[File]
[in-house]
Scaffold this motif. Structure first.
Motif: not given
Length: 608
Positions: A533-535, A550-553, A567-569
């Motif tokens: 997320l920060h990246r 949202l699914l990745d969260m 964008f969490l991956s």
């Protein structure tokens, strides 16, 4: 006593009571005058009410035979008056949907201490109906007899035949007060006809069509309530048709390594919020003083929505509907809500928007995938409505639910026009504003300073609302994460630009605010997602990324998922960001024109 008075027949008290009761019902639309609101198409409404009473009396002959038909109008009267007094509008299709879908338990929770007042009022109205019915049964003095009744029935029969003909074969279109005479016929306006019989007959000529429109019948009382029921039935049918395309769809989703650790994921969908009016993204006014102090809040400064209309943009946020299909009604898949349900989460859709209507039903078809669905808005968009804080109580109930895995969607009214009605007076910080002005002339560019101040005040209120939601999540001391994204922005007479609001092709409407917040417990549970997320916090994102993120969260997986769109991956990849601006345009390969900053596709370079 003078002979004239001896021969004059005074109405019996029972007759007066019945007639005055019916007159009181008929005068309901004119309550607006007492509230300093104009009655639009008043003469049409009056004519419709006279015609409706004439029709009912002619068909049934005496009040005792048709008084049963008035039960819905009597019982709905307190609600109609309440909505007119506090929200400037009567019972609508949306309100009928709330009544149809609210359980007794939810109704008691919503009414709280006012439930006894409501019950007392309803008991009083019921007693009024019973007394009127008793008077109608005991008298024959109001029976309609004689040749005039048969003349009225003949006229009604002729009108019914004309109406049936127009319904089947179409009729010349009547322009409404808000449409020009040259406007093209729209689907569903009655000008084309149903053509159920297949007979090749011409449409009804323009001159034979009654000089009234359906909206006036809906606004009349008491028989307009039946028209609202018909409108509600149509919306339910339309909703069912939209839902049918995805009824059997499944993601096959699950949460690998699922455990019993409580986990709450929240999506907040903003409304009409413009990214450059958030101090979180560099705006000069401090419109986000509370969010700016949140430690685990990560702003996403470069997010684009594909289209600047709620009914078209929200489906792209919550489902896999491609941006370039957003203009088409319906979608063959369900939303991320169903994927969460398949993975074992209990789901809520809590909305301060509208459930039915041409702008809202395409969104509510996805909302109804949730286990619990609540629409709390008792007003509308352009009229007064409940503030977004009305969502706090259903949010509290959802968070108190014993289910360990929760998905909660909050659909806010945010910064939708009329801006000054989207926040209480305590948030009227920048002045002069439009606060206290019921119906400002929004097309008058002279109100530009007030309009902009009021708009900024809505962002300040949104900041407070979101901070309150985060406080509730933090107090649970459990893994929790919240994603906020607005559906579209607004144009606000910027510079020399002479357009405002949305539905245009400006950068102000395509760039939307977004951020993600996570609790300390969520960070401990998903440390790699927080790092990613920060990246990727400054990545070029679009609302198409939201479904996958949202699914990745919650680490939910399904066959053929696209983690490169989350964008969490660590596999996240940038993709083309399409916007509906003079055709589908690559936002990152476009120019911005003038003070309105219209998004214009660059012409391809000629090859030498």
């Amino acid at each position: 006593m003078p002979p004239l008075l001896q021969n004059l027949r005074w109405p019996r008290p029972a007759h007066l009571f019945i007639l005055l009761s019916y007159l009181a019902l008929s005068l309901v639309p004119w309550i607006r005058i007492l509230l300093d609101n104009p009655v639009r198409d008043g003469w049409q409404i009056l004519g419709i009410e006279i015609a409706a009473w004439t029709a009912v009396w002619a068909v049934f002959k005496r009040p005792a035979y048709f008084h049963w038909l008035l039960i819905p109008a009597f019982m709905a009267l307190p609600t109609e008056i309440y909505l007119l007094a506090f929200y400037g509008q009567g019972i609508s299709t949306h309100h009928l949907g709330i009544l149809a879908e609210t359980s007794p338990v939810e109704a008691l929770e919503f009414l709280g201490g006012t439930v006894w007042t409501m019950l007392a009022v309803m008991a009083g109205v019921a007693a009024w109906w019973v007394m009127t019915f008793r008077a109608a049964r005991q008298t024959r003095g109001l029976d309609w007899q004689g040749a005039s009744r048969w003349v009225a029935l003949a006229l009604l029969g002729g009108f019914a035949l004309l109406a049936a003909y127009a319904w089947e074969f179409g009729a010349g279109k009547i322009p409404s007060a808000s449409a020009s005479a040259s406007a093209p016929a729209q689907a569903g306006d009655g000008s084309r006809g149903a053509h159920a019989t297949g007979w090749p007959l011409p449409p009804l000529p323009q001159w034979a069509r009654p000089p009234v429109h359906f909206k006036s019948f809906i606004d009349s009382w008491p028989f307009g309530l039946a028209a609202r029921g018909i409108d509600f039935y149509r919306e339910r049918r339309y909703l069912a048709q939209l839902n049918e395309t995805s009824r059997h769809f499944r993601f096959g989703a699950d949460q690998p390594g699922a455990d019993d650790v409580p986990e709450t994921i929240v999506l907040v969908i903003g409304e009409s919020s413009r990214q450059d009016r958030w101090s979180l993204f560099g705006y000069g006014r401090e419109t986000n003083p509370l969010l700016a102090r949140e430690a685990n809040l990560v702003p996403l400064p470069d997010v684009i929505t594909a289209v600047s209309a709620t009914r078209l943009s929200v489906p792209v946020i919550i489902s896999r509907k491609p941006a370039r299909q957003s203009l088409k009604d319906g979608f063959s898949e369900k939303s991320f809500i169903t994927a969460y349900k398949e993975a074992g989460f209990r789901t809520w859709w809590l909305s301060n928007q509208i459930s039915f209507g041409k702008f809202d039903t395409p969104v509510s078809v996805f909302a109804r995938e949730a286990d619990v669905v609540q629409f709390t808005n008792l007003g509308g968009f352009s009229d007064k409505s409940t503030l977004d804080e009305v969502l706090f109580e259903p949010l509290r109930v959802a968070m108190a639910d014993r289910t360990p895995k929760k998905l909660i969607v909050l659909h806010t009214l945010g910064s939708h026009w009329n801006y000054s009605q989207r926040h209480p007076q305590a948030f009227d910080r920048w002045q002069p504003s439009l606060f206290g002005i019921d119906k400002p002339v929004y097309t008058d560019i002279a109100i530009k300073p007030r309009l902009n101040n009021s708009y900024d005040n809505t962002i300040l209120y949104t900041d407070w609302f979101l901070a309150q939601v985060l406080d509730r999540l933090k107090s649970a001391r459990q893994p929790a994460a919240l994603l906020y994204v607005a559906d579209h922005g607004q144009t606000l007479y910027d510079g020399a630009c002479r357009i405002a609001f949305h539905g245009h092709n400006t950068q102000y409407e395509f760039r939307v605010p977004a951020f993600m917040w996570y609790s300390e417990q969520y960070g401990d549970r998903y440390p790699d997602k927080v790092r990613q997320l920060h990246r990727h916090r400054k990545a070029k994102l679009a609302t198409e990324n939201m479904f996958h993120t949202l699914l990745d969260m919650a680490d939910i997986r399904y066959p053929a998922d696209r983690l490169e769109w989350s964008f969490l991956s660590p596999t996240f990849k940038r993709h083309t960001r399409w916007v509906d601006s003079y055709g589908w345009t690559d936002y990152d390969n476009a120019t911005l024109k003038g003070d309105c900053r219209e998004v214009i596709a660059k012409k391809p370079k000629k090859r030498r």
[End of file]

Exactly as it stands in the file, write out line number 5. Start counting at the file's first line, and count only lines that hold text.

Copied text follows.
Positions: A533-535, A550-553, A567-569